For technical reasons students may NOT hand in the thesis directly to the PEO.
A thesis is handed in only in electronic format.
For  the  specifics  that  apply  during  the  submission  process,  see  the  document:  Submission  and 
Examination Procedures. 
7. Plagiarism
Plagiarism is the intentional pretence to be the author and originator of an idea or text or
process or application or artefact, knowing fully well that it has been taken over from another
person or source, but without due recognition to that person or source.

A COMPLETE thesis is a document with at least 120 pages, which include the title pages, table of
contents, a summary of the thesis in both Afrikaans and English (and in Xhosa if possible), the full text
of the thesis – properly edited typographically and after an initial language shake-ip – and the full
See the footnote 1.
A FINAL THESIS is a document which totals at least 120 pages (formatted according to the
instructions by the Centre), which include the title pages, table of contents, a summary of the thesis in
both Afrikaans and English (and in Xhosa if possible), the full text of the thesis – properly formatted
typographically and professionally edited linguistically – and the full bibliography. The final thesis shall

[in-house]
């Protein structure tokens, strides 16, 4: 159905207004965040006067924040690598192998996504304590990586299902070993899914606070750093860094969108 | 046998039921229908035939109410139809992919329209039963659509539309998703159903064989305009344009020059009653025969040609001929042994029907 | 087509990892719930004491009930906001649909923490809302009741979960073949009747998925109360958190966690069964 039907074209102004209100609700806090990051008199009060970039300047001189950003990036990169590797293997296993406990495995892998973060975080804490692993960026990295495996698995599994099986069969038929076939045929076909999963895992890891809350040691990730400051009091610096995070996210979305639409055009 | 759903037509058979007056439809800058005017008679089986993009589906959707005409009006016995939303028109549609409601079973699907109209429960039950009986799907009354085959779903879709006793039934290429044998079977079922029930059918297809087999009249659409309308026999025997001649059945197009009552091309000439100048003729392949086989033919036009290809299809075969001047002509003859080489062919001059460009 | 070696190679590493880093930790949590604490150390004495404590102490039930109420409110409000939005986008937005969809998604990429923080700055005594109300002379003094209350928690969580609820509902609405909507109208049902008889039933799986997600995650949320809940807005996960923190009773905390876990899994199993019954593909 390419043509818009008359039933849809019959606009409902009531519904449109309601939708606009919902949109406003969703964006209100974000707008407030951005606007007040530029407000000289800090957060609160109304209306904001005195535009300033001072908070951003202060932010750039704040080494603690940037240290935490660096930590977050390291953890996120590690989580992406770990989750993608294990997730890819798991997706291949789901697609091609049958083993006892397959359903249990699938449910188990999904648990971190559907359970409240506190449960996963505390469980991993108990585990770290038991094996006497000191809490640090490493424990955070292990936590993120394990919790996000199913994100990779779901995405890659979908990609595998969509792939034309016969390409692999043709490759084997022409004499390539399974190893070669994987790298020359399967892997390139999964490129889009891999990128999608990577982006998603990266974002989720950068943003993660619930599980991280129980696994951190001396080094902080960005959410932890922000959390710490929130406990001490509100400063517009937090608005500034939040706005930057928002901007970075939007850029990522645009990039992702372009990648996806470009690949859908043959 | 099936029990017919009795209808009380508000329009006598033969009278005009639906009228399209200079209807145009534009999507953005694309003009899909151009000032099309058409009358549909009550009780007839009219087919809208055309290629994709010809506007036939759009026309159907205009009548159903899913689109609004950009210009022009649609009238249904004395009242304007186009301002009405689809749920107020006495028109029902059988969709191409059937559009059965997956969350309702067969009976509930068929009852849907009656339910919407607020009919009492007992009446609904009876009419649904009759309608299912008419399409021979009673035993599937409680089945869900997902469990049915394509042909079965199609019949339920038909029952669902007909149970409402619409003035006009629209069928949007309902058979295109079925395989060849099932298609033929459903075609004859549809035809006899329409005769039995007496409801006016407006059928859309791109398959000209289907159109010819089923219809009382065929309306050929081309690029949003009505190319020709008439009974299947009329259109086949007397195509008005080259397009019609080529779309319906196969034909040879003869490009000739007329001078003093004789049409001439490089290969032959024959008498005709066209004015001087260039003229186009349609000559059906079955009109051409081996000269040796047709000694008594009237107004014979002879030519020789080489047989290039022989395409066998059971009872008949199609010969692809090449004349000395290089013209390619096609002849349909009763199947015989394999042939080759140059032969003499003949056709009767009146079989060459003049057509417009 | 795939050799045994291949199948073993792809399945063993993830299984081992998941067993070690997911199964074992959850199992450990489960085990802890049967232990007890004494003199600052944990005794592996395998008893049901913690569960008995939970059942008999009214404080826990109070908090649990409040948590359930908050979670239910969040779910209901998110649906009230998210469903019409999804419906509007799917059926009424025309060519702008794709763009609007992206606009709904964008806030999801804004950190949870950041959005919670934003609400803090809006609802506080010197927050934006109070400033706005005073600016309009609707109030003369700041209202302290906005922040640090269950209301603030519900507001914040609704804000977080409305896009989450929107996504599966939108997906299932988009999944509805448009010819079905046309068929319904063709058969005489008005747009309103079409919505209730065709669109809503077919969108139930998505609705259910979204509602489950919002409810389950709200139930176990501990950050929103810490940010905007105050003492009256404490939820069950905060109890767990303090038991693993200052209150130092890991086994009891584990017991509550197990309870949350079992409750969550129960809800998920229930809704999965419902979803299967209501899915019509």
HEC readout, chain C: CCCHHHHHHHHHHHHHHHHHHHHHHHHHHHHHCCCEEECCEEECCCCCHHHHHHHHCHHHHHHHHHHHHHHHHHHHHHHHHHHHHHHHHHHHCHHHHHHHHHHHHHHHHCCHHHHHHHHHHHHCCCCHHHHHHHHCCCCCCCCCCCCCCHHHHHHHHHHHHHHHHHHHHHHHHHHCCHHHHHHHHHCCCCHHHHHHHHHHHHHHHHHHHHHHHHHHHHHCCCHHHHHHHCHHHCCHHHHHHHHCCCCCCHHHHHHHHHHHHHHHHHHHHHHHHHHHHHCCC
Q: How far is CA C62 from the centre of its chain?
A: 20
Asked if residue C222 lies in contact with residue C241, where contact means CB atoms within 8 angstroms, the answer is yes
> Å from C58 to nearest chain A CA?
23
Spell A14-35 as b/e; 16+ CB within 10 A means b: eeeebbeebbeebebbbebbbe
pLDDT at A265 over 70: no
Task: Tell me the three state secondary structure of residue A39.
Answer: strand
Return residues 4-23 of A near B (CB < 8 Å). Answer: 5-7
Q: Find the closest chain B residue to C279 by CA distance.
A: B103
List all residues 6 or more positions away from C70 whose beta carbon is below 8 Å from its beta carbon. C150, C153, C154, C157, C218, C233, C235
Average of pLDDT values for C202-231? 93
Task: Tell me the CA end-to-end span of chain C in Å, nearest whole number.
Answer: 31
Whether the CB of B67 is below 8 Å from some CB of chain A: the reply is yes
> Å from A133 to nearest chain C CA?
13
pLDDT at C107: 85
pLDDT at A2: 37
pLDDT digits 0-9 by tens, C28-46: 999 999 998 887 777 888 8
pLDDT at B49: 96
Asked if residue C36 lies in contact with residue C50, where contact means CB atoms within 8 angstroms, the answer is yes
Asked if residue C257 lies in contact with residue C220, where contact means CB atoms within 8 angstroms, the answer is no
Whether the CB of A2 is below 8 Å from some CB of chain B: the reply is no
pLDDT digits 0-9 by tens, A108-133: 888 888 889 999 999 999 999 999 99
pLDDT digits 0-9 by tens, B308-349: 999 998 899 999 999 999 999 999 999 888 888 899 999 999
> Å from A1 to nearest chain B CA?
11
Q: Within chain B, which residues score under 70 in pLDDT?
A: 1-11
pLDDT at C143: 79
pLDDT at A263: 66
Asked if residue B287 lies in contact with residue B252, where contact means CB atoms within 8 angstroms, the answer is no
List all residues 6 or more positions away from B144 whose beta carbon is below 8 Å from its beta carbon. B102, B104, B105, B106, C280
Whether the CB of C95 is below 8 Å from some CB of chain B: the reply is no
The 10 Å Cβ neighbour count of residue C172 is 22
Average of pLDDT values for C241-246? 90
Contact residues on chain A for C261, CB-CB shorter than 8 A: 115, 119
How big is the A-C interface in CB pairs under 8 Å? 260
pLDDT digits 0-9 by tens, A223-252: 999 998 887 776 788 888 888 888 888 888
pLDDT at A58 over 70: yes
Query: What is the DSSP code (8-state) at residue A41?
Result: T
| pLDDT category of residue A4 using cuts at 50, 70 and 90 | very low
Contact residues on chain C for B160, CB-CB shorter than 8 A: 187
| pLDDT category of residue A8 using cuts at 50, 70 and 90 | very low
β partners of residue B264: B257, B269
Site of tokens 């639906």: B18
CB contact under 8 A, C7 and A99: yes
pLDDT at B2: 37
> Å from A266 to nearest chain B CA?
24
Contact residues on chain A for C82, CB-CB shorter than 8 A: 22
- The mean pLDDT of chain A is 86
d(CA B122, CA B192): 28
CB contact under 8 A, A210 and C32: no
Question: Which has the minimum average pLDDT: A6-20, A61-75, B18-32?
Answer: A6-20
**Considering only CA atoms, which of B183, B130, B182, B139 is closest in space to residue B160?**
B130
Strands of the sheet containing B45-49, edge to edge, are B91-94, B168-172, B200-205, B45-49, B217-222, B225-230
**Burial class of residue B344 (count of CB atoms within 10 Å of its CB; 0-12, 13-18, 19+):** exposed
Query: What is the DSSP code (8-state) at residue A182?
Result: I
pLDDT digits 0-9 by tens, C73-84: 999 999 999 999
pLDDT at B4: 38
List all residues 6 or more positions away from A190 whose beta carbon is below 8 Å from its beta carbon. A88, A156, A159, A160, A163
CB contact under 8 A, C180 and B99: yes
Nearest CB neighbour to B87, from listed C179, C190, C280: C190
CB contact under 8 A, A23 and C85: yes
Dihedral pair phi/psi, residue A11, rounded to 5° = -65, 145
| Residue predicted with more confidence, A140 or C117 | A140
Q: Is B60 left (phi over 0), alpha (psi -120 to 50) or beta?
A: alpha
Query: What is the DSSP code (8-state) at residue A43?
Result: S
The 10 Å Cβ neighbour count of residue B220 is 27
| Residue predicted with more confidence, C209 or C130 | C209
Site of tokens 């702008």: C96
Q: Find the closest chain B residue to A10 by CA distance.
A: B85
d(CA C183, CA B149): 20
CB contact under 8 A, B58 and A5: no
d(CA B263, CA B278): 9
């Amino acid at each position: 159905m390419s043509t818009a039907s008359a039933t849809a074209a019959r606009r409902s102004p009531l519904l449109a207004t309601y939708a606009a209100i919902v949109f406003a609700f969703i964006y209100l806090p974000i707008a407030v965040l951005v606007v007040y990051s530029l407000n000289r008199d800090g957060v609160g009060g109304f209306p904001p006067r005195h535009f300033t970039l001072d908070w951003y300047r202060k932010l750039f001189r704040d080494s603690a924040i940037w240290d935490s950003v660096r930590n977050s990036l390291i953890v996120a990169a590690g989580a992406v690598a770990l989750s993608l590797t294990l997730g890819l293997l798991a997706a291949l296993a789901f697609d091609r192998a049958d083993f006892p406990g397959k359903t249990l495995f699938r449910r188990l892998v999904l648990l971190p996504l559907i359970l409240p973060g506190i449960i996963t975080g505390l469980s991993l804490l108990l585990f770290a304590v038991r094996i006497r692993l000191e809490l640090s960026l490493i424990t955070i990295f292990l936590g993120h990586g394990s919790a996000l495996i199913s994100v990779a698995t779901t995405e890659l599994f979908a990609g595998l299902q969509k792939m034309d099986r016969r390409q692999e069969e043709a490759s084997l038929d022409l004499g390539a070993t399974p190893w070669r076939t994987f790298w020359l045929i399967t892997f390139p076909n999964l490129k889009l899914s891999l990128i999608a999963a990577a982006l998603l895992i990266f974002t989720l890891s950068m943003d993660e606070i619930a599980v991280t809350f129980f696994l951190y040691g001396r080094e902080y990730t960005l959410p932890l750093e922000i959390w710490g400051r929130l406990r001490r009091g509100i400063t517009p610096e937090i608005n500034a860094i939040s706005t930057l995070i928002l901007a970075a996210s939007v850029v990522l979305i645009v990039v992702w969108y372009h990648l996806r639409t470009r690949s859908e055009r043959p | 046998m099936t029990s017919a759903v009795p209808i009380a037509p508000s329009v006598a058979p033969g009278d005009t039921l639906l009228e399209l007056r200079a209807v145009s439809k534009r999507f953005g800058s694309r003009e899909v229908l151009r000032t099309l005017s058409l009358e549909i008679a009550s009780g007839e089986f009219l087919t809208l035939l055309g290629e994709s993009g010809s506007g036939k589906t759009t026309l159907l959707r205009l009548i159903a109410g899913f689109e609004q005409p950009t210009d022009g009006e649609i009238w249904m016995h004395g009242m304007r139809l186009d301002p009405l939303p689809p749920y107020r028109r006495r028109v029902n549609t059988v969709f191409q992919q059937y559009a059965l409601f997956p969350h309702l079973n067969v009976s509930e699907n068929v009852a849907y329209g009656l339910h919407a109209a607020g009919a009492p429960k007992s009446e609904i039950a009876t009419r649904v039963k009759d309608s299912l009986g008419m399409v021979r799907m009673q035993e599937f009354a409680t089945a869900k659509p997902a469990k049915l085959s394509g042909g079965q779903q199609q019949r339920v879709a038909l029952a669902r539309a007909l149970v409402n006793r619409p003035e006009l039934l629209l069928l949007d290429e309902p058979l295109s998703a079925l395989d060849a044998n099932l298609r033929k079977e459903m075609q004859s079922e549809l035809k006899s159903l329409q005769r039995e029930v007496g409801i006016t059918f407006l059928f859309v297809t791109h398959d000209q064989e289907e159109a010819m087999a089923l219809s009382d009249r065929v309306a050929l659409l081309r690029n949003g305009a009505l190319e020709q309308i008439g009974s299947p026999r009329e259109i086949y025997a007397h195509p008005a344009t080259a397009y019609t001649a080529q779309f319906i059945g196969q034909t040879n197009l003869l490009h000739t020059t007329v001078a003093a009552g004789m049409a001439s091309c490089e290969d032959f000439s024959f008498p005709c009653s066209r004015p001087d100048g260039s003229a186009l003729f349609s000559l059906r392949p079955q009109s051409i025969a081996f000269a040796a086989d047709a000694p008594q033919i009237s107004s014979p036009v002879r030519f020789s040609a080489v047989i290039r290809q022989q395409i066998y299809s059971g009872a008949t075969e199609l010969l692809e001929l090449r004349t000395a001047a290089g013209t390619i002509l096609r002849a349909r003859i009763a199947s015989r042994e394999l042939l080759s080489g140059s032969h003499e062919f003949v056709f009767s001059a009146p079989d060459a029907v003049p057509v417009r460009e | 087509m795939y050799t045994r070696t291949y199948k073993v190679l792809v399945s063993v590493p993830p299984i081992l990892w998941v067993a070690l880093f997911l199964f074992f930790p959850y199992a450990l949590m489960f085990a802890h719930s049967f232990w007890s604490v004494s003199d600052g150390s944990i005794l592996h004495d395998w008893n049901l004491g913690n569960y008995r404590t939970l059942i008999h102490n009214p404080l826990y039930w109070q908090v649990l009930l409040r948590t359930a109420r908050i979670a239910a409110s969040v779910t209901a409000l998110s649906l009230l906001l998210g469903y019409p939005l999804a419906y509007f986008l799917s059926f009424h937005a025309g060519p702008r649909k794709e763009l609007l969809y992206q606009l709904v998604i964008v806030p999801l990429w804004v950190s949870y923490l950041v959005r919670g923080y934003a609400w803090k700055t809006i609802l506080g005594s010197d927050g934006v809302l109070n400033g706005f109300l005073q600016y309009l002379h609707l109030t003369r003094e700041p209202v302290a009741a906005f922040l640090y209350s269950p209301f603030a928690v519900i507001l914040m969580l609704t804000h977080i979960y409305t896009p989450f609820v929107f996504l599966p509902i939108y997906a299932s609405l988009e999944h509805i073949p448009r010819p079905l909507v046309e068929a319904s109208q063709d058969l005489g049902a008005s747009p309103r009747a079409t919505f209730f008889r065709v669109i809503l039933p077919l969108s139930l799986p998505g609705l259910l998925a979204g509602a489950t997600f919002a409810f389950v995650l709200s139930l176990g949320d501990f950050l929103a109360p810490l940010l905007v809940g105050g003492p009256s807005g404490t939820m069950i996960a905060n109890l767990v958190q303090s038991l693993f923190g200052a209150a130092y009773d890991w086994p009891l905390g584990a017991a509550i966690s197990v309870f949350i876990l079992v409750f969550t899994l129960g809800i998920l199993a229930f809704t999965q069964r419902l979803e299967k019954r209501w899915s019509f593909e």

be in a state of readiness for publication.
Apart from the fact that plagiarism is a form of theft, it militates against the essence of
research and thesis work, and any form of plagiarism may lead to a summary termination of
the department’s contract with the student.
Sophisticated software packages are used by the department to detect plagiarism in submitted
texts from students.
In all cases the department will comply with the rules of the university in respect of
plagiarism. This prescribes the handing over of any case of plagiarism at post graduate level
to the disciplinary committee of the University.
8. Formatting, Layout, Reference System
A template is provided by the Centre and all theses must comply with this.
Neither supervisors, nor examiners will bear any editing responsibilities.
Documents shall be formatted using word processing software at advanced levels.
Supervisors will return documents which do not comply with this requirement for upgrading
before they are supervised or examined.
Generally a same-page footnote system of referencing will be used, as demonstrated in the
relevant lectures and the template.
9. Language and Editing